By Sportswriters Lin Hao, Zhang Yueshan and Zhou Chang
TOKYO, Aug. 1 (Xinhua) -- "The semifinal will be my final," said Chinese sprinter Su Bingtian after the men's 100m qualification at the Tokyo Olympics on Saturday.
A day later at the Tokyo Olympic Stadium, Su delivered on his promise.
Dashing across the track like a bolt of red lightning, the 31-year-old burned himself out by clocking a personal best of 9.83 seconds - the fastest among all semifinalists and a new Asian record - to become the first Chinese to qualify for the men's 100m finals on Sunday, the highest echelon of athletics.
He let out a thunderous shout after crossing the finishing line.
"I was in my best form today. Maybe I couldn't achieve a 9.83 sprint anymore. Today will be the best memory of my life," he said.
"When I saw the start list yesterday, I knew I needed to give everything I have," Su said of his opponents in the semifinal, including Italian sprinter Lamont Marcell Jacobs who clinched the gold medal in the final.
"But for me, it's all about overcoming myself. When I saw the result of 9.83 seconds, I couldn't believe it," he recalled.
"I felt very compatible with the starting block and the track before the semifinal, and I realized my chance had come, I just did my best."
In the final two hours later, Su crossed the finishing line sixth in 9.98 seconds. His semifinal performance would have proved good enough for a silver medal -- U.S. sprinter Fred Kerley clinched the silver in 9.84s, with bronze going to Andre de Grasse of Canada in 9.89s.
However, Su had no regrets.
"After the semifinals, my strength had dropped significantly, so I told my team that I had done all I could and I just wanted to try my best in the final," said Su.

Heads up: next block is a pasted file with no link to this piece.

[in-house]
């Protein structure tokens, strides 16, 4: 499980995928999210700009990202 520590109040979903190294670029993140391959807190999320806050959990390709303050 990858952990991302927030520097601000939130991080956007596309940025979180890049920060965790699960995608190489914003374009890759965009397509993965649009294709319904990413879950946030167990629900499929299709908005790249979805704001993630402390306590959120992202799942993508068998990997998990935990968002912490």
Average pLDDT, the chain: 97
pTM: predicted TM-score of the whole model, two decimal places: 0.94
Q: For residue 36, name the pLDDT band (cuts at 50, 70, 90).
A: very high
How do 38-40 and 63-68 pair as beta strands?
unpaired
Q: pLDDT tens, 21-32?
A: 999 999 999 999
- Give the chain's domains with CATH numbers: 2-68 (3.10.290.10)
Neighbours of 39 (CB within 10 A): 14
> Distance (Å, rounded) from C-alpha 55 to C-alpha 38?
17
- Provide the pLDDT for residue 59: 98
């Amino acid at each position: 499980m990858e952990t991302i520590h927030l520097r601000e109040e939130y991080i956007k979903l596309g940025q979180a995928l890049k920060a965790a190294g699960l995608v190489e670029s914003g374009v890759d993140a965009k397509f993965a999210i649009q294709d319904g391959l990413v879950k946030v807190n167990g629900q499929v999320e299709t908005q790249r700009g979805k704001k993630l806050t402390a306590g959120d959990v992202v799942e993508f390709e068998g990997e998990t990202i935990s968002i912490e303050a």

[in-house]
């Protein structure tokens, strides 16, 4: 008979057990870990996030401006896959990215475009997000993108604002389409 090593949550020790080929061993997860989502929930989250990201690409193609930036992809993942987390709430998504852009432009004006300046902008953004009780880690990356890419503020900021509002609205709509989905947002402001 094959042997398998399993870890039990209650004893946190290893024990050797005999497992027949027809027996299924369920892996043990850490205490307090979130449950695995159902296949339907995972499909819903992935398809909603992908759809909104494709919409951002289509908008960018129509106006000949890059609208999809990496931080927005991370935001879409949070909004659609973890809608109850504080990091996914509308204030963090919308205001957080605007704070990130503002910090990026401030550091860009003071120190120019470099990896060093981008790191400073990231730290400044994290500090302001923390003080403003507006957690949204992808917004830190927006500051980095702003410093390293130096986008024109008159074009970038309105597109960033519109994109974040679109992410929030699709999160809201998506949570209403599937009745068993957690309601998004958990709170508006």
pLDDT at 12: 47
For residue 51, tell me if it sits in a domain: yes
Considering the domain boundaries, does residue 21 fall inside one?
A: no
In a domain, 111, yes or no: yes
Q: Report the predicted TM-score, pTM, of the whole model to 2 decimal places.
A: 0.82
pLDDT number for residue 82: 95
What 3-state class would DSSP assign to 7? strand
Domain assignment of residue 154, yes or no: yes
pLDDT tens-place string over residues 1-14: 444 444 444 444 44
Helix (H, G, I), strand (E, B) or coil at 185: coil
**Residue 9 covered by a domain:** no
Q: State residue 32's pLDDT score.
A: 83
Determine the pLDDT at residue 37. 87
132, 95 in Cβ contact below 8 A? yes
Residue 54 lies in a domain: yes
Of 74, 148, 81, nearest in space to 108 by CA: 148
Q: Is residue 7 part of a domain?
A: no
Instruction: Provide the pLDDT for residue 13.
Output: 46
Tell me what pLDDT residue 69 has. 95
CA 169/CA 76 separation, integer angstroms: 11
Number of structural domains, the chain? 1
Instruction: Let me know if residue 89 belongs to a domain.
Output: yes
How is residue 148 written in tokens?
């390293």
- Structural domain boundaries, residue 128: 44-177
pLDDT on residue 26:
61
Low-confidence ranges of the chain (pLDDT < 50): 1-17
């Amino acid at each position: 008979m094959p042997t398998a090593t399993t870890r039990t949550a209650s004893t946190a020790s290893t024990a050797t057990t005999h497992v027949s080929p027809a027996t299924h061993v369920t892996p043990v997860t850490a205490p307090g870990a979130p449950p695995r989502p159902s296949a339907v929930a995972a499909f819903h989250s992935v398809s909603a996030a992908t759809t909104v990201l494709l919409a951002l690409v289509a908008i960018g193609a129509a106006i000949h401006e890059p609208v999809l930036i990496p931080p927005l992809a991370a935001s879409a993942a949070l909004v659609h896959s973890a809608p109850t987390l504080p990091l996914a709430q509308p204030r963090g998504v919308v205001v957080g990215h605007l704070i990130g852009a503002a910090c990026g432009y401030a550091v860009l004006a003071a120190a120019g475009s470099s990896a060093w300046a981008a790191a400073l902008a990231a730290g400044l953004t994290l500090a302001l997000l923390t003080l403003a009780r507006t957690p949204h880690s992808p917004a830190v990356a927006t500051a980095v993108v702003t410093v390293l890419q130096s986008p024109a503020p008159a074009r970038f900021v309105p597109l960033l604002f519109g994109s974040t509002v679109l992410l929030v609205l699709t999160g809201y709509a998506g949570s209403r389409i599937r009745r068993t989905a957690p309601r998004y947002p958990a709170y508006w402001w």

"I'm still not good enough compared to the European and American athletes. Maybe I could compete with them in a single race, but not two sprints with a short interval like this."
But Su set a "small" target to finish the final race within 10 seconds regardless of the ranking.
"If I made it, it would mean I could run two consecutive races both within 10 seconds, that's big progress for myself," Su said of his plan on the final.
Being the best Chinese sprinter for a decade, Su left his mark on the country's athletics records by becoming the first to run 100m under 10 seconds in 2015.
But his career stalled in the following years. He even planned to retire four years ago to spend more time with his family as he also took up a teaching position at Jinan University in Guangzhou, capital of south China's Guangdong Province, his hometown.
But the call of his heart brought Su back on track to have a last go at Tokyo 2020.
His perseverance paid off. He made further improvements since then. In 2018, Su lowered his personal best and tied Asian records twice at 9.91 seconds, with improvement in training and his techniques.
But injuries came in his way to Tokyo as he failed to qualify for the men's 100 final at the World Championships in Doha 2019. But he rebounded with 9.98s at the combined 2021 Chinese National Athletics Championships and Tokyo Olympic trials in June.
"The postponement of the Olympic Games might have turned out to be a good thing for me," he said.
Expressing appreciation to the constant encouragement he received from fellow Olympian Liu Xiang, who made history to win the 110m hurdles at the 2004 Athens Games, Su said he hoped his achievement could inspire future Chinese athletes.
"Liu Xiang was in indeed an inspiration for Chinese athletics, we wouldn't even think of trying to make it to an Olympic final or win Olympic medals if not for him," said Su.
"I hope my performance today could serve as an inspiration for younger athletes in their sporting careers. When I was their age, my speed was no match for them. With the techniques and ideas we have, they could achieve much more than I do."
After the performance of his career on Sunday, Su is not done yet for the Tokyo Olympics. He will return to the Olympic Stadium with his teammate for the 4x100 relay.
"I hope we could live up to our expectations in the 4x100 relay to show off the speed of China," he said.